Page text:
This course focuses on Greek and Latin Literature in its cultural context. It examines different ways of reading and using literary texts across a wide range of authors, genres and periods, combined with opportunities for in-depth specialisation in a particular area. As well as learning about a range of methodologies and approaches, you will also be encouraged to explore responses to Latin and Greek literature in later cultures (from Neo-Latin epic). You will begin or continue an ancient language as necessary to bring your language skills up to an appropriate level for studying Classical texts in the original. This course is suitable if you have a first degree in Classics, Classical Studies, Latin, Greek or related areas (such as English, Modern Languages), but also if you have not yet studied a classical language. This MA will be a fulfilling experience for those interested in the literature of the classical past as well as excellent training for anyone considering doctoral research.
• Nottingham’s vibrant Classics department has special strengths in Greek drama; Greek economic, social, institutional and intellectual history; Roman republican history; late Antiquity; Latin epic and prose literature; and ancient art and visual culture.
• The Department is a founding member of the Classical Reception Studies Network and is the home of the Centre for Ancient Drama and its Reception (CADRE).
• The Department of Classics has a strong reputation in both teaching and research. It achieved the maximum possible teaching quality rating (24/24) in 2000, and a grade of 4 in the 2001 Research Assessment Exercise, since when it has greatly expanded and broadened its research activity.
Through core modules in Researching the Ancient World and Thinking with Texts you will be given a strong foundation in the skills and techniques necessary for effective research in this field.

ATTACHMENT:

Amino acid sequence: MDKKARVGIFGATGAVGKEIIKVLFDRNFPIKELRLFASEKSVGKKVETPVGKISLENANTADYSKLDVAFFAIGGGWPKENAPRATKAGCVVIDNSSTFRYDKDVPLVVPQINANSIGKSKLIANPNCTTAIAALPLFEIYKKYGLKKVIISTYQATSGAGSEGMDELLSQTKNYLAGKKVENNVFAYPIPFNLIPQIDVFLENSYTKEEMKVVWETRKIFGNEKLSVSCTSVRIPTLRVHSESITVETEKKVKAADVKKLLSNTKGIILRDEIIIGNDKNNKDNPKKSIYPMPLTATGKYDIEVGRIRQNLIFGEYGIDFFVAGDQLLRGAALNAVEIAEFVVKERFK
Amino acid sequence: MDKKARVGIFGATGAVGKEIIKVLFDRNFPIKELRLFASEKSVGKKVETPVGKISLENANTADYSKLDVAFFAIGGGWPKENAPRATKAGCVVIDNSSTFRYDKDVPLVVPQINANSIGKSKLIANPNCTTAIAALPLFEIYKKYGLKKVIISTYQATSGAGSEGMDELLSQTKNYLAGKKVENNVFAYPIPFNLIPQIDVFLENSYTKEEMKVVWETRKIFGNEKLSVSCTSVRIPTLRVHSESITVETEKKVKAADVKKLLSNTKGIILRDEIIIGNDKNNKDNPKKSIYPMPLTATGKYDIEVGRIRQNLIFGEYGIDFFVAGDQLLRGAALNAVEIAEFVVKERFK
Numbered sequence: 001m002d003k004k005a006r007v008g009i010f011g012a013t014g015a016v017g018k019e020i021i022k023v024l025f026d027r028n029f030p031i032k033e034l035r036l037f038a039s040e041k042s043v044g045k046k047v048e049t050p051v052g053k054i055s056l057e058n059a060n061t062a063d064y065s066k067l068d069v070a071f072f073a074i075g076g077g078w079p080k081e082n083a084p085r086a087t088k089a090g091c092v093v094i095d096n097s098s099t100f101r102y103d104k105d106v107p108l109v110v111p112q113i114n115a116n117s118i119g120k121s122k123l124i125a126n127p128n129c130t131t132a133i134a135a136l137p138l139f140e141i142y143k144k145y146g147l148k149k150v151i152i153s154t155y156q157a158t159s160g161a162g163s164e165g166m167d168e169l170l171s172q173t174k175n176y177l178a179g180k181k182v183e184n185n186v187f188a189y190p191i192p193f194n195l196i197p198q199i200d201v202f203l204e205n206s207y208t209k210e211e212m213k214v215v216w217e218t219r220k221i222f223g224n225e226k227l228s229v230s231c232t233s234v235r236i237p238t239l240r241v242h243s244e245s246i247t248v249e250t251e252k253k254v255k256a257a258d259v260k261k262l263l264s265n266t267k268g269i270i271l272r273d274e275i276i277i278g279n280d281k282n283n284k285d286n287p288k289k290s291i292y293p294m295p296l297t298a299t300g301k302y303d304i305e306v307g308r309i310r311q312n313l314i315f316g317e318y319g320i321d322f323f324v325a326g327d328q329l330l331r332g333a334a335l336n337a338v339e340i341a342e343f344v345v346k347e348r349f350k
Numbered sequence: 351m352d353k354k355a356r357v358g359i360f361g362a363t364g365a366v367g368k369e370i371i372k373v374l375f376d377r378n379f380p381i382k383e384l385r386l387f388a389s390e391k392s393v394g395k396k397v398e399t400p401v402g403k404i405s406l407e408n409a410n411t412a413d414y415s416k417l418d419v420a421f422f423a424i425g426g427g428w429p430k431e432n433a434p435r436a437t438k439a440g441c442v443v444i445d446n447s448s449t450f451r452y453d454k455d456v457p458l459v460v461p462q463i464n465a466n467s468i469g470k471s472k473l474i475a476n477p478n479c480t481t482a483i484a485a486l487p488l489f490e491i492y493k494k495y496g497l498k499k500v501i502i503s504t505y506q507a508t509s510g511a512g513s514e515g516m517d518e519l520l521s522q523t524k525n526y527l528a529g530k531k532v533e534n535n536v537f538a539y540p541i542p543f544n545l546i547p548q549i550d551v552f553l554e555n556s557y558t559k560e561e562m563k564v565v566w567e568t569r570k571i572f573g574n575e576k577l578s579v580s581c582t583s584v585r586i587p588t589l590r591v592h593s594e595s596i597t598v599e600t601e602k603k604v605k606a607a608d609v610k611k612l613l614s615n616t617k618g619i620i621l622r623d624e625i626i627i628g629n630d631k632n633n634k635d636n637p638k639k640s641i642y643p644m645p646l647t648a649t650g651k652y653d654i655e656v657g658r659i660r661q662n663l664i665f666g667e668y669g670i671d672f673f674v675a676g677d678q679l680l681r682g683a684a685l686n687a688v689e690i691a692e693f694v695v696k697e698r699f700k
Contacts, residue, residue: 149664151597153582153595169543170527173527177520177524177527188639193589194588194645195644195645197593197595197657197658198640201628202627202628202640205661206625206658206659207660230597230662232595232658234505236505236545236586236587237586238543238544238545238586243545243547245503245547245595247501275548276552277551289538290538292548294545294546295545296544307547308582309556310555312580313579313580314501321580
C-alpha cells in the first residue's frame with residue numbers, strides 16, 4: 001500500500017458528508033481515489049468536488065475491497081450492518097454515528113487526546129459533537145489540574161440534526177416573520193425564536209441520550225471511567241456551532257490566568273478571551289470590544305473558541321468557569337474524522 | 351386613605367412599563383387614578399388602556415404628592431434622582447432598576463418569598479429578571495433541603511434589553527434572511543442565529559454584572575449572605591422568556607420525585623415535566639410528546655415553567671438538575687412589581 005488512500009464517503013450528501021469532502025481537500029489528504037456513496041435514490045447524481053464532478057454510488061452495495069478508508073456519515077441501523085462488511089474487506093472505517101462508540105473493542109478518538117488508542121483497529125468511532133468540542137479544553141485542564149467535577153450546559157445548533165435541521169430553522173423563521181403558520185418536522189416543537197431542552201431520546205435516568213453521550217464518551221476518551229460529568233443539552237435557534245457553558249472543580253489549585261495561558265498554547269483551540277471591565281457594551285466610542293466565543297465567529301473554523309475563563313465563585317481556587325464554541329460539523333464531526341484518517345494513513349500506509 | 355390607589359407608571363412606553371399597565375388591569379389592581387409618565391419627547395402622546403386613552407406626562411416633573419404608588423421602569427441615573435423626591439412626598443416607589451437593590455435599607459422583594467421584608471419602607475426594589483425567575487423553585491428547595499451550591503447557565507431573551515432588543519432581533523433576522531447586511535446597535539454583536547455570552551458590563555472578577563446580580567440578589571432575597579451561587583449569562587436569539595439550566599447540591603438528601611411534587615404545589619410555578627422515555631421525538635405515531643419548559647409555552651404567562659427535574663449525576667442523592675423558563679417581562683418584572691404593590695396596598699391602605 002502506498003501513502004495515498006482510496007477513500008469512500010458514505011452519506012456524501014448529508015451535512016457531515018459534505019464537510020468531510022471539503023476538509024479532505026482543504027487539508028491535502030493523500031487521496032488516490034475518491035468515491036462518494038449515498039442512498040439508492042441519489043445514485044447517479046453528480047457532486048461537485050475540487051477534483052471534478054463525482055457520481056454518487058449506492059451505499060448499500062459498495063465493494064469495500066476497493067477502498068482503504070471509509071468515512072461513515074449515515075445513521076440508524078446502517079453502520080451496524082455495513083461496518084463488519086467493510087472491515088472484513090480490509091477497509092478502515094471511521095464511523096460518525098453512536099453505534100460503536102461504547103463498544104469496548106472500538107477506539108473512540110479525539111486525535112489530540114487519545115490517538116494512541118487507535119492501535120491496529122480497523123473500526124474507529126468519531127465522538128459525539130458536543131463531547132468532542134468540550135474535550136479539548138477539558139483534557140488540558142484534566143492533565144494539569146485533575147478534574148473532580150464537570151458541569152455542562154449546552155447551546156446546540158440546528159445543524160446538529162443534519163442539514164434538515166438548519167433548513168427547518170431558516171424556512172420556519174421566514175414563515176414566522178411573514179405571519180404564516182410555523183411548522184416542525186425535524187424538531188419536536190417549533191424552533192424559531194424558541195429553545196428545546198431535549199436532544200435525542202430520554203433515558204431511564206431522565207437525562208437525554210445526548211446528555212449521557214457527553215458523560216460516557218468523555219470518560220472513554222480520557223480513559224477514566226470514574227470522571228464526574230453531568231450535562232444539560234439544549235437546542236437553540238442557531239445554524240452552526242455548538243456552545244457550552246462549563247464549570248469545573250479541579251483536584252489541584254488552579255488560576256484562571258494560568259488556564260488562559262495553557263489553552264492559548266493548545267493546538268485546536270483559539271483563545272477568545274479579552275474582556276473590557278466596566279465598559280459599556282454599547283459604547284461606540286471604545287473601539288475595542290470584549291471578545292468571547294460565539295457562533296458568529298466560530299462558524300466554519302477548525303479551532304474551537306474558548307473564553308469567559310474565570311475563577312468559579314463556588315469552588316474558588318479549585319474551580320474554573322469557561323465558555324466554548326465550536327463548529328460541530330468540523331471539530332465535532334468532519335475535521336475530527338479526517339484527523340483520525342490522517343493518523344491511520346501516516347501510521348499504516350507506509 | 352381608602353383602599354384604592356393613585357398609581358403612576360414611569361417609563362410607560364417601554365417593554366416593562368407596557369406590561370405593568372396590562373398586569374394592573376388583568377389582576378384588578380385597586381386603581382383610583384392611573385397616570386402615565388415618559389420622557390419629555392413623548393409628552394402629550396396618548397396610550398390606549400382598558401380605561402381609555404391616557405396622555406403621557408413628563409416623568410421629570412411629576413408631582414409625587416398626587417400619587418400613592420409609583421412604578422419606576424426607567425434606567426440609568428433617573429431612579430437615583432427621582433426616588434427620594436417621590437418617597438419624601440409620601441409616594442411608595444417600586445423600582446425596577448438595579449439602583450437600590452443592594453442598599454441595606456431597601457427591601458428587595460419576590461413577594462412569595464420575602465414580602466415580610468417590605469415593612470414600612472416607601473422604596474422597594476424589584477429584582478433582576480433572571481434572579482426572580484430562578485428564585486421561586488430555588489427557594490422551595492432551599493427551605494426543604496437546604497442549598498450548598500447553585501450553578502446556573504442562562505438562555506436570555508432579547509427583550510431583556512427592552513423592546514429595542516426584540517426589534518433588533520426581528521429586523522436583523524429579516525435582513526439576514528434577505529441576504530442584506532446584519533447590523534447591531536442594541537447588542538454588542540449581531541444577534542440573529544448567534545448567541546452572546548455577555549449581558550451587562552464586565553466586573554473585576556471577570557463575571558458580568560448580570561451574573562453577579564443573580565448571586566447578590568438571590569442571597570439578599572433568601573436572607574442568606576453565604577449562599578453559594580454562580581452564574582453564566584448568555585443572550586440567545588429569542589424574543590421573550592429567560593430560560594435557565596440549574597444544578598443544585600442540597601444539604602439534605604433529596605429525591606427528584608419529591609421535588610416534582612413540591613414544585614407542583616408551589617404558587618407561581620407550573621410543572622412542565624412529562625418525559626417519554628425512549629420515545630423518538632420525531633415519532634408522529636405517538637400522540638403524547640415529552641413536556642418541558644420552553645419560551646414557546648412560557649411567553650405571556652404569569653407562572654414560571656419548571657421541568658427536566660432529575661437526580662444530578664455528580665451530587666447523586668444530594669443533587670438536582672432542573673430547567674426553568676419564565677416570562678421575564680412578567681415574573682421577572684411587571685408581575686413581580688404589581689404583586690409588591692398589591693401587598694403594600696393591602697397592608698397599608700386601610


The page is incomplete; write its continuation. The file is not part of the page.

These modules engage with a wide range of genres and approaches.
In addition, you will have the option to study a thematic literary module, which explores in-depth one specific theme in ancient literature, for example:
• Vision, Power and Gender in Greek and Roman Literature
• The Gaze in Ancient Literature
• Telling Tales: Ancient Narrative
• Fathers and Sons
Finally, you will undertake a dissertation on your chosen specialism and either begin or continue with study of an ancient language.
This is a highly flexible course, which can be tailored to reflect your personal interests.
This course can be taken over one-year full-time (September to September) or over two years, part-time.
You would normally be expected to study the Department’s core MA module, Researching the Ancient World, as well as the core literary module, Thinking with Texts.
In addition, you will take Advanced, Intermediate or Beginners` language, depending on your level of previous language study;
You will undertake a research-based literary MA module, as well as a 10-15,000-word dissertation, which completes the MA.
Where appropriate, you could substitute other MA modules in the Department of Classics such as: Ancient art and its reception, Topics in the study of Greek Drama, Studies in Ancient History A/B or Greek Drama and its reception, or MA modules run by other departments in the University of Nottingham such as Writing visual culture (Art History).
Assessment on this course is by one or more pieces of coursework, except for language modules, plus the dissertation.